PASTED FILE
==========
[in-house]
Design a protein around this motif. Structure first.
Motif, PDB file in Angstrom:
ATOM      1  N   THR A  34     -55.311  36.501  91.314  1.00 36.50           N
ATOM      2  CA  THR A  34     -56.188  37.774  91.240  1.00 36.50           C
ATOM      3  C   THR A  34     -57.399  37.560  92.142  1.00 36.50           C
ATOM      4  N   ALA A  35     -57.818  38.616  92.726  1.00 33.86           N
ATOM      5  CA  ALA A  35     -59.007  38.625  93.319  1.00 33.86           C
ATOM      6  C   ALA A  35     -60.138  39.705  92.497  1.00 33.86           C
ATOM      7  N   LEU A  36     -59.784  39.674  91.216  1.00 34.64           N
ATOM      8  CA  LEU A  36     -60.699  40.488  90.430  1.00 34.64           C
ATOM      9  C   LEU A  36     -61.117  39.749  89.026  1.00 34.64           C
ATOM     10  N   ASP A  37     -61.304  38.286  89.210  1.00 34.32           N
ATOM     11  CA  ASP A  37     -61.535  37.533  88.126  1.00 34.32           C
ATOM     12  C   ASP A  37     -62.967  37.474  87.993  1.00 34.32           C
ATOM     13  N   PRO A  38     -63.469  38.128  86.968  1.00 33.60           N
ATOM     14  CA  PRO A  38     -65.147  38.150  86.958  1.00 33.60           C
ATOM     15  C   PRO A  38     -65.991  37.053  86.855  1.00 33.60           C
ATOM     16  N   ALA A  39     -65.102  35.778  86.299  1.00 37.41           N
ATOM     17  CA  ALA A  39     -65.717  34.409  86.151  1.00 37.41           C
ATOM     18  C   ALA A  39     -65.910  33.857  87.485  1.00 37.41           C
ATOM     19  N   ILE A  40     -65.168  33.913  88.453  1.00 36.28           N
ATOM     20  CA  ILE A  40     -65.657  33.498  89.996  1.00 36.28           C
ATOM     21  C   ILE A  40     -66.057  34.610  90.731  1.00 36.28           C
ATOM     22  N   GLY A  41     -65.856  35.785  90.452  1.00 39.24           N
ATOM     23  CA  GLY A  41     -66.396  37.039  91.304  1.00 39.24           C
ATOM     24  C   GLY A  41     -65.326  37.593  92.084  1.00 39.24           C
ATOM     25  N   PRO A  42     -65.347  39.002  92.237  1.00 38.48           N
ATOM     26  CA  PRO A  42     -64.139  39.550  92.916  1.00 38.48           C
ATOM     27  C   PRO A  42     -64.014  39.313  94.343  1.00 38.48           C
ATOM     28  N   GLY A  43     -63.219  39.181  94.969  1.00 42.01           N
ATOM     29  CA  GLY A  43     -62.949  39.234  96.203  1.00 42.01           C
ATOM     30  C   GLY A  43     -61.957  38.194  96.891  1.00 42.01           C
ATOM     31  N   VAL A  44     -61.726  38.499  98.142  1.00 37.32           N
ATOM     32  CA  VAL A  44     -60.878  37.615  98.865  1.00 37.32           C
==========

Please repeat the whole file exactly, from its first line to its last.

[in-house]
Design a protein around this motif. Structure first.
Motif, PDB file in Angstrom:
ATOM      1  N   THR A  34     -55.311  36.501  91.314  1.00 36.50           N
ATOM      2  CA  THR A  34     -56.188  37.774  91.240  1.00 36.50           C
ATOM      3  C   THR A  34     -57.399  37.560  92.142  1.00 36.50           C
ATOM      4  N   ALA A  35     -57.818  38.616  92.726  1.00 33.86           N
ATOM      5  CA  ALA A  35     -59.007  38.625  93.319  1.00 33.86           C
ATOM      6  C   ALA A  35     -60.138  39.705  92.497  1.00 33.86           C
ATOM      7  N   LEU A  36     -59.784  39.674  91.216  1.00 34.64           N
ATOM      8  CA  LEU A  36     -60.699  40.488  90.430  1.00 34.64           C
ATOM      9  C   LEU A  36     -61.117  39.749  89.026  1.00 34.64           C
ATOM     10  N   ASP A  37     -61.304  38.286  89.210  1.00 34.32           N
ATOM     11  CA  ASP A  37     -61.535  37.533  88.126  1.00 34.32           C
ATOM     12  C   ASP A  37     -62.967  37.474  87.993  1.00 34.32           C
ATOM     13  N   PRO A  38     -63.469  38.128  86.968  1.00 33.60           N
ATOM     14  CA  PRO A  38     -65.147  38.150  86.958  1.00 33.60           C
ATOM     15  C   PRO A  38     -65.991  37.053  86.855  1.00 33.60           C
ATOM     16  N   ALA A  39     -65.102  35.778  86.299  1.00 37.41           N
ATOM     17  CA  ALA A  39     -65.717  34.409  86.151  1.00 37.41           C
ATOM     18  C   ALA A  39     -65.910  33.857  87.485  1.00 37.41           C
ATOM     19  N   ILE A  40     -65.168  33.913  88.453  1.00 36.28           N
ATOM     20  CA  ILE A  40     -65.657  33.498  89.996  1.00 36.28           C
ATOM     21  C   ILE A  40     -66.057  34.610  90.731  1.00 36.28           C
ATOM     22  N   GLY A  41     -65.856  35.785  90.452  1.00 39.24           N
ATOM     23  CA  GLY A  41     -66.396  37.039  91.304  1.00 39.24           C
ATOM     24  C   GLY A  41     -65.326  37.593  92.084  1.00 39.24           C
ATOM     25  N   PRO A  42     -65.347  39.002  92.237  1.00 38.48           N
ATOM     26  CA  PRO A  42     -64.139  39.550  92.916  1.00 38.48           C
ATOM     27  C   PRO A  42     -64.014  39.313  94.343  1.00 38.48           C
ATOM     28  N   GLY A  43     -63.219  39.181  94.969  1.00 42.01           N
ATOM     29  CA  GLY A  43     -62.949  39.234  96.203  1.00 42.01           C
ATOM     30  C   GLY A  43     -61.957  38.194  96.891  1.00 42.01           C
ATOM     31  N   VAL A  44     -61.726  38.499  98.142  1.00 37.32           N
ATOM     32  CA  VAL A  44     -60.878  37.615  98.865  1.00 37.32           C